Republicans, gay and straight, are united in the belief that strong families are critical to a free society. We recognize that governments respect marriage because of its vital role in fostering greater liberty and independence, thereby lessoning dependency on the state. Unfortunately, this principle is undermined by the exclusion of same-sex couples from legal recognition as devoted parents and committed, loving partners.
Log Cabin Republicans are committed to advocating for legislation to strengthen American families. I personally strive to secure the freedom to marry because I am a Christian and a family values conservative, not in spite of being one. Yes, Log Cabin’s work is about equality, but it’s also about commitment. In an ironic twist, gay and lesbian Americans are among the strongest promoters of conservative family values today.
Fellow marriage equality advocates boldly speak for the importance of commitment and taking responsibility for each other in an era when cohabitation and divorce are commonplace. While too often, fatherhood amounts to paying child support, gay couples are fighting hard for the ability to adopt children in need of homes. Where groups like the National Organization for Marriage contend marriage is about (exclusively procreative) sex, gay couples are reminding America that family means much more than that.
The legislative reforms sought by lesbian, gay, bisexual and transgender Americans are not intended to secure special rights or tear down social institutions. We seek only the ability to build lives together for richer or poorer (without unjust taxation tilting the scale toward poverty), to care for our loved ones in sickness and in health (through equal access to health care and without suffering from a “domestic partner penalty”), and to be by our partner’s side until death (without the fear that the absence of a marriage license would add complications and heartache).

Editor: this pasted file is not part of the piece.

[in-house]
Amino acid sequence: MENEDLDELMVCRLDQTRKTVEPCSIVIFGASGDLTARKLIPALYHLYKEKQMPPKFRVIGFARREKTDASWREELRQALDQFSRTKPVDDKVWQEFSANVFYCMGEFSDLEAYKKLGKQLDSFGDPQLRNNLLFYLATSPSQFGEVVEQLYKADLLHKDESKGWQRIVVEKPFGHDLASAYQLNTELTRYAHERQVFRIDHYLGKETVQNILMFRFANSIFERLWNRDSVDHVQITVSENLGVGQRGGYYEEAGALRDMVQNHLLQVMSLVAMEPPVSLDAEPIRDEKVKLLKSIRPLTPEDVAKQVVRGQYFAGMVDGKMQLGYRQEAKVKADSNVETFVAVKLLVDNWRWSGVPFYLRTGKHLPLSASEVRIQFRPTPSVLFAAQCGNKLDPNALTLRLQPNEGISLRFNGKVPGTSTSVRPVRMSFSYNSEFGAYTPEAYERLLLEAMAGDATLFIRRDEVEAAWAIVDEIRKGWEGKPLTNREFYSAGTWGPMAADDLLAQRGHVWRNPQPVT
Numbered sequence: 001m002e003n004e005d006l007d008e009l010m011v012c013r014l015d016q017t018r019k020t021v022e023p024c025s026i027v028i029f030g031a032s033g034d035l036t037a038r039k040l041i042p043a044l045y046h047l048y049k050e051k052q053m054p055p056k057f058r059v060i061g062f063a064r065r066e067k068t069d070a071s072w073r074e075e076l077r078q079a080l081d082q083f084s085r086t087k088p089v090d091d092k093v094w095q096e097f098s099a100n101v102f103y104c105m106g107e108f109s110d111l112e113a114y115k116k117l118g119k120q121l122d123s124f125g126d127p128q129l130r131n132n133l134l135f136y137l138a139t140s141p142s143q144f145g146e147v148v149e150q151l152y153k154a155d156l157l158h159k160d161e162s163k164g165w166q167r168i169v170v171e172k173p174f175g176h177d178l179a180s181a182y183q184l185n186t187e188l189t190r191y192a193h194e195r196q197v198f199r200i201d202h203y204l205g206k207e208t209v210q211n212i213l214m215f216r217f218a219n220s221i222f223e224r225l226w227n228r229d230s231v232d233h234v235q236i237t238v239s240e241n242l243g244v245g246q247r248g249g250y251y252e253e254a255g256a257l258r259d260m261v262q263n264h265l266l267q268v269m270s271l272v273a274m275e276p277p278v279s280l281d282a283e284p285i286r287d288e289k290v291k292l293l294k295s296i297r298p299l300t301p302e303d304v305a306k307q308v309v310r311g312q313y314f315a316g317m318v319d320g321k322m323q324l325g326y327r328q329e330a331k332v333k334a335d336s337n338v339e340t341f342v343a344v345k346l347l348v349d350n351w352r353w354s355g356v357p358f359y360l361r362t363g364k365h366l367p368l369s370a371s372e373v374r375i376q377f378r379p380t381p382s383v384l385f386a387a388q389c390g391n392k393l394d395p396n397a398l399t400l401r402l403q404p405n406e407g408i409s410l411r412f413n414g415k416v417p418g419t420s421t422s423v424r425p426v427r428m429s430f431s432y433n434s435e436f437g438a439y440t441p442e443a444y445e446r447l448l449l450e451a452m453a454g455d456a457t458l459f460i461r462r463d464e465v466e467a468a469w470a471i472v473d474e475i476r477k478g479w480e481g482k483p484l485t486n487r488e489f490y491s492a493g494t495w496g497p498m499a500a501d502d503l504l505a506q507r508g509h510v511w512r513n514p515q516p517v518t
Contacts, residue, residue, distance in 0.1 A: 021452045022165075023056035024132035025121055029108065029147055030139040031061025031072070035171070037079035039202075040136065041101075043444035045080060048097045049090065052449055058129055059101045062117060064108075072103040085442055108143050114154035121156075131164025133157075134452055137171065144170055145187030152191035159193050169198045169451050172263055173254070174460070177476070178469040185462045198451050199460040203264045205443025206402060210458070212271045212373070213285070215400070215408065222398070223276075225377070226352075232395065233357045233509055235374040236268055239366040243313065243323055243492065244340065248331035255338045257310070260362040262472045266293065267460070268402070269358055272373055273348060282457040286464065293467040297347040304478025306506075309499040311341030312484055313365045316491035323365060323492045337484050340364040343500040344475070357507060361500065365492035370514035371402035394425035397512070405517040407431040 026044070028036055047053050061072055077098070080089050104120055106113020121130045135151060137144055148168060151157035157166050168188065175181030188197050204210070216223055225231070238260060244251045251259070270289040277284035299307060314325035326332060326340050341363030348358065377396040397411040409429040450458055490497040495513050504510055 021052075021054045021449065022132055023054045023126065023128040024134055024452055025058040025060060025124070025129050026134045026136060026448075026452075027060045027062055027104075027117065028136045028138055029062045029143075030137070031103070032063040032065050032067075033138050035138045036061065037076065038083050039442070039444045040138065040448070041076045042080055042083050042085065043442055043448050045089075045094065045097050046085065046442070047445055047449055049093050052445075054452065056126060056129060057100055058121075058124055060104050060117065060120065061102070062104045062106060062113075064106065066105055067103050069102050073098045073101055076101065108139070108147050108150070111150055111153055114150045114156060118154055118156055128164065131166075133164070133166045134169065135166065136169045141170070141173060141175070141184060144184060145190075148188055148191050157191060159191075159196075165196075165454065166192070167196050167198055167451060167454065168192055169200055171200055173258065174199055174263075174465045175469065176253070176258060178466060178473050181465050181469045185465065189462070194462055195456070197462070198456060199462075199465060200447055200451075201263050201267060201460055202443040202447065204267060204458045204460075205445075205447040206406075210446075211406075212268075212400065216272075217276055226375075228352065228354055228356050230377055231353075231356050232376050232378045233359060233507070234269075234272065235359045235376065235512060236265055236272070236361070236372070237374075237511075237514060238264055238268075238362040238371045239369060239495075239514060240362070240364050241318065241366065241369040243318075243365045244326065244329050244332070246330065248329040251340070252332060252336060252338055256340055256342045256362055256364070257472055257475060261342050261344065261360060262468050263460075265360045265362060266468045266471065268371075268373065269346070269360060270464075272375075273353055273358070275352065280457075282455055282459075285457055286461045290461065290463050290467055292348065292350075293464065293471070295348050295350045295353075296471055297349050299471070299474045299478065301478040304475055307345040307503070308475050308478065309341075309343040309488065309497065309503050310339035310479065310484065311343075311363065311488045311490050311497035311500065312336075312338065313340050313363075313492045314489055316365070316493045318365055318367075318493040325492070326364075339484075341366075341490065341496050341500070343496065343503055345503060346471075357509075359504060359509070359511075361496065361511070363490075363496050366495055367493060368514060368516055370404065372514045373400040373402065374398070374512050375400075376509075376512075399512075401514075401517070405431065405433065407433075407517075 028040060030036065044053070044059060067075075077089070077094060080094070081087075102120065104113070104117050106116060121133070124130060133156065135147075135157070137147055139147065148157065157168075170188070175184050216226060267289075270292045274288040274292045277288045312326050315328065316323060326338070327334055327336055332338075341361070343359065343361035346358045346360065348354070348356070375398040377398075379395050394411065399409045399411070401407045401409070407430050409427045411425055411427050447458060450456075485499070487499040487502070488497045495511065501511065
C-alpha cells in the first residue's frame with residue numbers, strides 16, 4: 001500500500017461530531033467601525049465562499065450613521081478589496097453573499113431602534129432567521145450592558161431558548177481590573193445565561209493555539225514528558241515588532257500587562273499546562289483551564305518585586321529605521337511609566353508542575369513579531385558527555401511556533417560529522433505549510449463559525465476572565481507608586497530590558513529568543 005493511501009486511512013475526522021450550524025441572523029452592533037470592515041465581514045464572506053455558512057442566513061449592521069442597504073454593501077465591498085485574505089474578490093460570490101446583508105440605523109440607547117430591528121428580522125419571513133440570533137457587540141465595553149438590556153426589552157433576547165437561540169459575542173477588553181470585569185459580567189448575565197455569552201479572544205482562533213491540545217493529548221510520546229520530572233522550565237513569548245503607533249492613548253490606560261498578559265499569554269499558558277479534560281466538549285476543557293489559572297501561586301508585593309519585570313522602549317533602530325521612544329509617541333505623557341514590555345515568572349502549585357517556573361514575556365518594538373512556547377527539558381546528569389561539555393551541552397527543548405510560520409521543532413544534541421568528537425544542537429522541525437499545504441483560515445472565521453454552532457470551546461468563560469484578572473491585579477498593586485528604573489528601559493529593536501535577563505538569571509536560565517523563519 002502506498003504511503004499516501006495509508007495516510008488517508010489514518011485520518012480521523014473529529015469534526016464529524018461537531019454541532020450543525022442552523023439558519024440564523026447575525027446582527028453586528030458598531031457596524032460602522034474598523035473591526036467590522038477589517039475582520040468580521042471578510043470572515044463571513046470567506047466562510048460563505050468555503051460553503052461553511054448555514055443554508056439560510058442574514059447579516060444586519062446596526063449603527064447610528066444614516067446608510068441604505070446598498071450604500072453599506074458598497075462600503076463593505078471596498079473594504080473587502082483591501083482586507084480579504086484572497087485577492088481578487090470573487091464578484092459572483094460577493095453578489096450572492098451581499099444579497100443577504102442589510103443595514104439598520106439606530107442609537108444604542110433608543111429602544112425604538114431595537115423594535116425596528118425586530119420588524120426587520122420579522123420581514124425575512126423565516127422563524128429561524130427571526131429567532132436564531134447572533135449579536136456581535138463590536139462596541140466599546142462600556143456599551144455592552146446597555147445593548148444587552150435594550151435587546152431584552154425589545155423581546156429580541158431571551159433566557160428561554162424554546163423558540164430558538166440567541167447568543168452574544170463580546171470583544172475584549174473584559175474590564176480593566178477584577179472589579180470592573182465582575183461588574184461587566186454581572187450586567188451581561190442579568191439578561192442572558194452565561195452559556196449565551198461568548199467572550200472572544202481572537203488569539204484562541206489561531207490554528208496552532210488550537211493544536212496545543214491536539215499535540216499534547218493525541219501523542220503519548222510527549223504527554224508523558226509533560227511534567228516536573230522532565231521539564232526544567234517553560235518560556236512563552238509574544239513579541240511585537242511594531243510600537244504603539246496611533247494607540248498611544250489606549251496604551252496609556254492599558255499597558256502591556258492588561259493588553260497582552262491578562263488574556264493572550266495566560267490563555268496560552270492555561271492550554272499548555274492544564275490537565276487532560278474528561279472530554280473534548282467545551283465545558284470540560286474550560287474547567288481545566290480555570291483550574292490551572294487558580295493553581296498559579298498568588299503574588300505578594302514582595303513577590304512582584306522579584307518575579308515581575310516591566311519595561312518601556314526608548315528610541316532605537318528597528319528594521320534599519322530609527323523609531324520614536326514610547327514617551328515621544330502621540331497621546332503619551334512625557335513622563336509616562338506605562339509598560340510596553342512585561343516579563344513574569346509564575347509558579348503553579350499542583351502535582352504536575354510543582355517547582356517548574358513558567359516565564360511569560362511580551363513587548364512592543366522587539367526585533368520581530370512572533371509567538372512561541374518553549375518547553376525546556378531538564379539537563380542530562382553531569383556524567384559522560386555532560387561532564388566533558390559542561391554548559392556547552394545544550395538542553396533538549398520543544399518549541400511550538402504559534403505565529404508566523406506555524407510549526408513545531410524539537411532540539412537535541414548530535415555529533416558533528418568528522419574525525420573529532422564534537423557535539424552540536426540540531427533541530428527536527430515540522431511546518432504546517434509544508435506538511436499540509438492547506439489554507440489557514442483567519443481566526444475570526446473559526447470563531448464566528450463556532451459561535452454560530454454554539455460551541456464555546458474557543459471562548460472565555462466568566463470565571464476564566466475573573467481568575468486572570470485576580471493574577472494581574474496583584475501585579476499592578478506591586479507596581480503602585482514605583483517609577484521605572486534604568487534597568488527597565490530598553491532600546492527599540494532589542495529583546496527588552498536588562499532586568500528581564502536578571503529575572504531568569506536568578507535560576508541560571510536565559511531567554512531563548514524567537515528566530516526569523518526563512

The importance of marriage and family in American law derives not from mere tradition or the honor rightly given to these institutions by various religions. As conservatives, we believe in the ties that bind us, that society is stronger when we make vows to each other. My ability to be a responsible, contributing member of society and committing to raise a family with a spouse is not defined by my sexual orientation. The prayer I make in my local Episcopal parish and the pledge I recite in my Masonic lodge are not predicated by my sexual orientation. There is nothing about being gay that makes my prayer, pledge or even a marriage vow mean any less.